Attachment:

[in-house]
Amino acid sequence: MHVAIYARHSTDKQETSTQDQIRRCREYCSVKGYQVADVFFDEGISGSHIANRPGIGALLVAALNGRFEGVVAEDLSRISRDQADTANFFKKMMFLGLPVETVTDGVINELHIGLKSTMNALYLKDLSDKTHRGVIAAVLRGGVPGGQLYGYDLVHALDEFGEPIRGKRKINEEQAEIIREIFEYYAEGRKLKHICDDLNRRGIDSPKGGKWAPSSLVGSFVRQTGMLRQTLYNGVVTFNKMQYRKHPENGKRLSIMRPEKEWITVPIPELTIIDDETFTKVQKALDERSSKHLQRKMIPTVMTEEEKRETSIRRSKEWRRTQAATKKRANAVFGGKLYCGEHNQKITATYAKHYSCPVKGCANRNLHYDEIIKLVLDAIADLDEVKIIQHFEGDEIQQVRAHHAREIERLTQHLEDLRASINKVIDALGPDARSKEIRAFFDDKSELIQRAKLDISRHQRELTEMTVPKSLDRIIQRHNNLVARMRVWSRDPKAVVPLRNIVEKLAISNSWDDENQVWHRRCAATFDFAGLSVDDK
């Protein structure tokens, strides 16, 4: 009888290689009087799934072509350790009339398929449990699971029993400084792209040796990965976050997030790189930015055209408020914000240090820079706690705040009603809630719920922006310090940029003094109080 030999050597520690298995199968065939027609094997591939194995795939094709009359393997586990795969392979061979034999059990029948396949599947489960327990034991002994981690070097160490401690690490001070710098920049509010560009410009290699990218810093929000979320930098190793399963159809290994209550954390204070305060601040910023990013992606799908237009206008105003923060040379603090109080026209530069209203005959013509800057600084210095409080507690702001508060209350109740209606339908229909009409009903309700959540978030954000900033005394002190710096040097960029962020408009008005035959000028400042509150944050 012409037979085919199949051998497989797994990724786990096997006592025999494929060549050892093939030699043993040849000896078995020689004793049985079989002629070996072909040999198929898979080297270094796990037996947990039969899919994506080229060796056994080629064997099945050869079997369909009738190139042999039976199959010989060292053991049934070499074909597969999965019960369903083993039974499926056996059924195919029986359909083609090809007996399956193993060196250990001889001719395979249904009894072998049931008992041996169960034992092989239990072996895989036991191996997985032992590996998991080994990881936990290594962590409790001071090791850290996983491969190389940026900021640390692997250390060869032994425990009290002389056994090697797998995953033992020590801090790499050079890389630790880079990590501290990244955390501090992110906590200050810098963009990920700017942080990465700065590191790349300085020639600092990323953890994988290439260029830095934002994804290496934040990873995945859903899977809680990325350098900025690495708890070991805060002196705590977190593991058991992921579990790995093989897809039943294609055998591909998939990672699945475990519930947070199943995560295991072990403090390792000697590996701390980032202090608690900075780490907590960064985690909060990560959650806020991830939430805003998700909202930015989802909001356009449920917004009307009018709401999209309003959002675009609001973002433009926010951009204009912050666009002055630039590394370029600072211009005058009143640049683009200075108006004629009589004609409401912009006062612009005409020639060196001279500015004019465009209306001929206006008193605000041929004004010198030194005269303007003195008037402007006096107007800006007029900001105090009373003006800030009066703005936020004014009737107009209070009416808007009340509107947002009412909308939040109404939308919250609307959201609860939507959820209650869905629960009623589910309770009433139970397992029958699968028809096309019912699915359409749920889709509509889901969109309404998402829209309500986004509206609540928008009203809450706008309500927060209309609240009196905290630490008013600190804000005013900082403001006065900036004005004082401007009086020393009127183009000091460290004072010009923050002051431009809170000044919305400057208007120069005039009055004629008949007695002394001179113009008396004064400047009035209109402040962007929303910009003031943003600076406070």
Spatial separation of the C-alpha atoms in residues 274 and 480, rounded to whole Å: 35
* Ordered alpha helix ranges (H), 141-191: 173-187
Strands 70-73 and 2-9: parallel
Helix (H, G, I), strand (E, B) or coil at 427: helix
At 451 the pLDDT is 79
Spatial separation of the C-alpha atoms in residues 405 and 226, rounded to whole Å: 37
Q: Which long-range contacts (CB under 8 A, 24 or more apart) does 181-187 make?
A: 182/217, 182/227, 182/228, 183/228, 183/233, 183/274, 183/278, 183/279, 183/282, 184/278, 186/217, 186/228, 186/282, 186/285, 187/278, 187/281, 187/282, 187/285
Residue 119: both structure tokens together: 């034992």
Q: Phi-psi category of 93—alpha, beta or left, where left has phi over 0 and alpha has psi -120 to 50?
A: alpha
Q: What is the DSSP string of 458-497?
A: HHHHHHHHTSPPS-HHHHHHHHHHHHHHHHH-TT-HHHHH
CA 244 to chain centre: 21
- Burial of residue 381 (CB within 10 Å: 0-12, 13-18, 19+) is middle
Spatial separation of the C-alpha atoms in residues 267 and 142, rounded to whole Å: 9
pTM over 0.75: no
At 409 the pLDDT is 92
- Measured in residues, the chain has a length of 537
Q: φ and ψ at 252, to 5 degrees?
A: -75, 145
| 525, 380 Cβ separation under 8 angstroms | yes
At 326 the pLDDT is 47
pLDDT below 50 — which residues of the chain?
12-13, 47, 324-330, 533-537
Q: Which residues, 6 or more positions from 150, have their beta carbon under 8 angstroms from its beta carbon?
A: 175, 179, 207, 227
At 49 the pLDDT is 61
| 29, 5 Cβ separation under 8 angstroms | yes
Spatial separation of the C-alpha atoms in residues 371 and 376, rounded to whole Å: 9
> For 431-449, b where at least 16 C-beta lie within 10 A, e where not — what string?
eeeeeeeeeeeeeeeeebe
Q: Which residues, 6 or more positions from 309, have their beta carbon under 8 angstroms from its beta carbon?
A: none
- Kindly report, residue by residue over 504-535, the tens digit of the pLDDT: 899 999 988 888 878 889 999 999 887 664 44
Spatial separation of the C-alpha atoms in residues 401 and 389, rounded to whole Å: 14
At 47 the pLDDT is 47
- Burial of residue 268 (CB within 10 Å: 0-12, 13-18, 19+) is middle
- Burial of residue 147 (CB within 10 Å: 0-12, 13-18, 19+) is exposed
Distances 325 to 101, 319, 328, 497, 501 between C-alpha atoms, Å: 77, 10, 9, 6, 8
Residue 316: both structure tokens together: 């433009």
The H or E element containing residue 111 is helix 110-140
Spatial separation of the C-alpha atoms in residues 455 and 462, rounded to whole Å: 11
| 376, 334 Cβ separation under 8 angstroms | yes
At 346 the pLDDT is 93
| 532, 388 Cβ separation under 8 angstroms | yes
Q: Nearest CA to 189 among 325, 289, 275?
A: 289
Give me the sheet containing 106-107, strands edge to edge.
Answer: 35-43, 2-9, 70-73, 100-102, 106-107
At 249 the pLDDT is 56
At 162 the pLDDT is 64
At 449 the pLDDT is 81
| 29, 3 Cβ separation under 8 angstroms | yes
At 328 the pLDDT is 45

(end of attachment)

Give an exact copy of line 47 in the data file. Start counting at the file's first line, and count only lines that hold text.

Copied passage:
| 376, 334 Cβ separation under 8 angstroms | yes